No, it isn’t too difficult to solve, we just haven’t done it yet, we don’t know how. It wasn’t impossible to make steel in the bronze age, not because we didn’t have the elements, not because we weren’t intelligent enough, people were as intelligent then as now, we just didn’t have the knowledge. Even when we did have the knowledge we didn’t have the ability until to make it viable as a commodity for another 1500 years or so. Throwing money at it in 400bc wouldn’t have helped, trying really, really hard wouldn’t have helped, we just didn’t have the idea yet, we didn’t have the supporting technology. But it wasn’t because it was too difficult.

    I started the process on a number of patents today, some of them as old as 5 years. Now would more money have sped that up? In some cases probably, if I had a team of worker bees there were a couple that would probably be on the market right now, but since it is just me and I’ve had 3 or four other new products to develop they just got put behind, but there was one that I have worked on to some degree every year during that whole time, I just now figured out how to do it, it wasn’t money, I haven’t gotten smarter, I just finally found out all the ways to not make it.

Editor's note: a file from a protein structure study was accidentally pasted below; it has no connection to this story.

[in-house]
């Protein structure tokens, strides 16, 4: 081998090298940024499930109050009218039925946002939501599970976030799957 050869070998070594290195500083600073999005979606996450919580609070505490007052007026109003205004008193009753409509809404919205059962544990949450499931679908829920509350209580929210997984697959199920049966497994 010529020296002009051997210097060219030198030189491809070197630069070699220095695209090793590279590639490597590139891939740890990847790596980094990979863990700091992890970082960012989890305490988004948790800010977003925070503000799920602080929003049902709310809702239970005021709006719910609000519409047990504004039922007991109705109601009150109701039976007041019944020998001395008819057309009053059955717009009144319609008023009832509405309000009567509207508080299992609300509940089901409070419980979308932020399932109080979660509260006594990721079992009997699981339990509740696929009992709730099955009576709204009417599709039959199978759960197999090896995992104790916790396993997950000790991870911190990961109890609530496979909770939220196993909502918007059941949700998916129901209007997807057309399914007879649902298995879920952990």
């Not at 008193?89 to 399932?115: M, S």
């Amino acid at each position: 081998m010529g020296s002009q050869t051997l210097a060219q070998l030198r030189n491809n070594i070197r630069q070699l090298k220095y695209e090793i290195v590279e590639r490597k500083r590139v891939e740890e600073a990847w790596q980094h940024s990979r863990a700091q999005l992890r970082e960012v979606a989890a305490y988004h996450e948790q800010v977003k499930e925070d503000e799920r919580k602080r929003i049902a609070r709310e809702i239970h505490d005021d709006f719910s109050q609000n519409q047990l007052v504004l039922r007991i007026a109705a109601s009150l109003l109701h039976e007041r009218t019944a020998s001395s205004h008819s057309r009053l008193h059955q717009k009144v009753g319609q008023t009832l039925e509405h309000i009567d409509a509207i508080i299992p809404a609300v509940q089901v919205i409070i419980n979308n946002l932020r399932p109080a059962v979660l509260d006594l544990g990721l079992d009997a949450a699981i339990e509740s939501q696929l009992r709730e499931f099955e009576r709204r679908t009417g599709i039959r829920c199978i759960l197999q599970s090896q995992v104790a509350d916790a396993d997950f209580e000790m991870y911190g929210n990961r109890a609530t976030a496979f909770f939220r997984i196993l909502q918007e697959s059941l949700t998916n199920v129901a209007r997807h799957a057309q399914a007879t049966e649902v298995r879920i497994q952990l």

7. shcb Says:

    Obama said about the Aurora shootings today

    Even as we learn how this happened and who’s responsible, we may never understand what leads anybody to terrorize their fellow human beings like this. Such violence, such evil is senseless. It’s beyond reason. But while we will never know fully what causes somebody to take the life of another, we do know what makes life worth living,

    I hope that goes down as one of his better quotes, it’s a good one.